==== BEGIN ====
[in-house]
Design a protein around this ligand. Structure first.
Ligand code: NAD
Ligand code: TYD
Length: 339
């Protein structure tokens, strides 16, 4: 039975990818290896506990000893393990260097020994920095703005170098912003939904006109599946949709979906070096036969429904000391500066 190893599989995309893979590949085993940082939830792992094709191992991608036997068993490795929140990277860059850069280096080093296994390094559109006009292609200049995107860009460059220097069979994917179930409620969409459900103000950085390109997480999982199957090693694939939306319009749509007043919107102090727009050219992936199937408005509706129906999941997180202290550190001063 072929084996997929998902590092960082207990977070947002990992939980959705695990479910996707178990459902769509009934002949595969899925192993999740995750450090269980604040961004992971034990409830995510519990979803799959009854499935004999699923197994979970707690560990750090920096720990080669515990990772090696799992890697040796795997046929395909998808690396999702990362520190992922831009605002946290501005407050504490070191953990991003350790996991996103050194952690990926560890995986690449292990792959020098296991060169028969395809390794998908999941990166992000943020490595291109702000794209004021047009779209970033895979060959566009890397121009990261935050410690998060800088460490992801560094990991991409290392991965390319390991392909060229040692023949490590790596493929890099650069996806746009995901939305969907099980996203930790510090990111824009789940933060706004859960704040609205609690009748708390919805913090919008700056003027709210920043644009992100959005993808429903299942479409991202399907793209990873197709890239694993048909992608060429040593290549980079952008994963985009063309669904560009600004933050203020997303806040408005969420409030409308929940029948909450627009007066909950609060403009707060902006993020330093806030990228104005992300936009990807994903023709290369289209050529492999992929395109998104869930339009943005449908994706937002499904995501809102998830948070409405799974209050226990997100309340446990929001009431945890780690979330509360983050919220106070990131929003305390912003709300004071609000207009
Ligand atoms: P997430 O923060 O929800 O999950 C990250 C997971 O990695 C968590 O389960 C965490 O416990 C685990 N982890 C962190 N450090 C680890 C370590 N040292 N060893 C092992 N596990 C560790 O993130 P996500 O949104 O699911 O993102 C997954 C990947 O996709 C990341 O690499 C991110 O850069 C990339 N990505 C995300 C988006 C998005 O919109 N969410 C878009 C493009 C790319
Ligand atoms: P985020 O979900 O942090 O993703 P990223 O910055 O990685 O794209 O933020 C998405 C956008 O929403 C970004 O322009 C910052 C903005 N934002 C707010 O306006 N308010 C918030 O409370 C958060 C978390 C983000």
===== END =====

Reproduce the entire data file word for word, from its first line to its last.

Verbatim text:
[in-house]
Design a protein around this ligand. Structure first.
Ligand code: NAD
Ligand code: TYD
Length: 339
């Protein structure tokens, strides 16, 4: 039975990818290896506990000893393990260097020994920095703005170098912003939904006109599946949709979906070096036969429904000391500066 190893599989995309893979590949085993940082939830792992094709191992991608036997068993490795929140990277860059850069280096080093296994390094559109006009292609200049995107860009460059220097069979994917179930409620969409459900103000950085390109997480999982199957090693694939939306319009749509007043919107102090727009050219992936199937408005509706129906999941997180202290550190001063 072929084996997929998902590092960082207990977070947002990992939980959705695990479910996707178990459902769509009934002949595969899925192993999740995750450090269980604040961004992971034990409830995510519990979803799959009854499935004999699923197994979970707690560990750090920096720990080669515990990772090696799992890697040796795997046929395909998808690396999702990362520190992922831009605002946290501005407050504490070191953990991003350790996991996103050194952690990926560890995986690449292990792959020098296991060169028969395809390794998908999941990166992000943020490595291109702000794209004021047009779209970033895979060959566009890397121009990261935050410690998060800088460490992801560094990991991409290392991965390319390991392909060229040692023949490590790596493929890099650069996806746009995901939305969907099980996203930790510090990111824009789940933060706004859960704040609205609690009748708390919805913090919008700056003027709210920043644009992100959005993808429903299942479409991202399907793209990873197709890239694993048909992608060429040593290549980079952008994963985009063309669904560009600004933050203020997303806040408005969420409030409308929940029948909450627009007066909950609060403009707060902006993020330093806030990228104005992300936009990807994903023709290369289209050529492999992929395109998104869930339009943005449908994706937002499904995501809102998830948070409405799974209050226990997100309340446990929001009431945890780690979330509360983050919220106070990131929003305390912003709300004071609000207009
Ligand atoms: P997430 O923060 O929800 O999950 C990250 C997971 O990695 C968590 O389960 C965490 O416990 C685990 N982890 C962190 N450090 C680890 C370590 N040292 N060893 C092992 N596990 C560790 O993130 P996500 O949104 O699911 O993102 C997954 C990947 O996709 C990341 O690499 C991110 O850069 C990339 N990505 C995300 C988006 C998005 O919109 N969410 C878009 C493009 C790319
Ligand atoms: P985020 O979900 O942090 O993703 P990223 O910055 O990685 O794209 O933020 C998405 C956008 O929403 C970004 O322009 C910052 C903005 N934002 C707010 O306006 N308010 C918030 O409370 C958060 C978390 C983000």